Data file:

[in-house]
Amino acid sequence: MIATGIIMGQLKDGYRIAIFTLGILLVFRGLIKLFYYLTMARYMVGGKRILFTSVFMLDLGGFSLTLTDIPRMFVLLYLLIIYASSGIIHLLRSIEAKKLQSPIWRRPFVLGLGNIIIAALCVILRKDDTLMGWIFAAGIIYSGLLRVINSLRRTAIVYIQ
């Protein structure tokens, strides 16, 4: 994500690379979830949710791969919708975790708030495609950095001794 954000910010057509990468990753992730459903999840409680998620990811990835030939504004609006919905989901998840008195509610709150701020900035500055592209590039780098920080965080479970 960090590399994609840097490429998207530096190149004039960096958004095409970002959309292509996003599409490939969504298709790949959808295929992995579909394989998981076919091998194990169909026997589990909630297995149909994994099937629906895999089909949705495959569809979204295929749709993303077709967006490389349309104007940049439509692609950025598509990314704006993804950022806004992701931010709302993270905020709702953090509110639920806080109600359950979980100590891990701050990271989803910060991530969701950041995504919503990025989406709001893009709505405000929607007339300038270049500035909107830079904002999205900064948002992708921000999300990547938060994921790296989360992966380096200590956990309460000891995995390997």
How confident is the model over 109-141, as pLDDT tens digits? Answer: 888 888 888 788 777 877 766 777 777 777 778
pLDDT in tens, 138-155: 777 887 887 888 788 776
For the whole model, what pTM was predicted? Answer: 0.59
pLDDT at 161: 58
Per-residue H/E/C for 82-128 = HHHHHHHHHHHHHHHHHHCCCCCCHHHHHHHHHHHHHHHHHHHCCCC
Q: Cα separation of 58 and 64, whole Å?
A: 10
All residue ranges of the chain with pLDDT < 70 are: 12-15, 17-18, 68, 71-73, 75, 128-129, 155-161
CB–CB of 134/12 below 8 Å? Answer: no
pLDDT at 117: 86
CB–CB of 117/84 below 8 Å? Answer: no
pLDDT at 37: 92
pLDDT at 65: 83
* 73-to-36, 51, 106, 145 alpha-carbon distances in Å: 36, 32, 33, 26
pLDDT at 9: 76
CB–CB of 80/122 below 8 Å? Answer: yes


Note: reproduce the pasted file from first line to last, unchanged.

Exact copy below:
[in-house]
Amino acid sequence: MIATGIIMGQLKDGYRIAIFTLGILLVFRGLIKLFYYLTMARYMVGGKRILFTSVFMLDLGGFSLTLTDIPRMFVLLYLLIIYASSGIIHLLRSIEAKKLQSPIWRRPFVLGLGNIIIAALCVILRKDDTLMGWIFAAGIIYSGLLRVINSLRRTAIVYIQ
């Protein structure tokens, strides 16, 4: 994500690379979830949710791969919708975790708030495609950095001794 954000910010057509990468990753992730459903999840409680998620990811990835030939504004609006919905989901998840008195509610709150701020900035500055592209590039780098920080965080479970 960090590399994609840097490429998207530096190149004039960096958004095409970002959309292509996003599409490939969504298709790949959808295929992995579909394989998981076919091998194990169909026997589990909630297995149909994994099937629906895999089909949705495959569809979204295929749709993303077709967006490389349309104007940049439509692609950025598509990314704006993804950022806004992701931010709302993270905020709702953090509110639920806080109600359950979980100590891990701050990271989803910060991530969701950041995504919503990025989406709001893009709505405000929607007339300038270049500035909107830079904002999205900064948002992708921000999300990547938060994921790296989360992966380096200590956990309460000891995995390997």
How confident is the model over 109-141, as pLDDT tens digits? Answer: 888 888 888 788 777 877 766 777 777 777 778
pLDDT in tens, 138-155: 777 887 887 888 788 776
For the whole model, what pTM was predicted? Answer: 0.59
pLDDT at 161: 58
Per-residue H/E/C for 82-128 = HHHHHHHHHHHHHHHHHHCCCCCCHHHHHHHHHHHHHHHHHHHCCCC
Q: Cα separation of 58 and 64, whole Å?
A: 10
All residue ranges of the chain with pLDDT < 70 are: 12-15, 17-18, 68, 71-73, 75, 128-129, 155-161
CB–CB of 134/12 below 8 Å? Answer: no
pLDDT at 117: 86
CB–CB of 117/84 below 8 Å? Answer: no
pLDDT at 37: 92
pLDDT at 65: 83
* 73-to-36, 51, 106, 145 alpha-carbon distances in Å: 36, 32, 33, 26
pLDDT at 9: 76
CB–CB of 80/122 below 8 Å? Answer: yes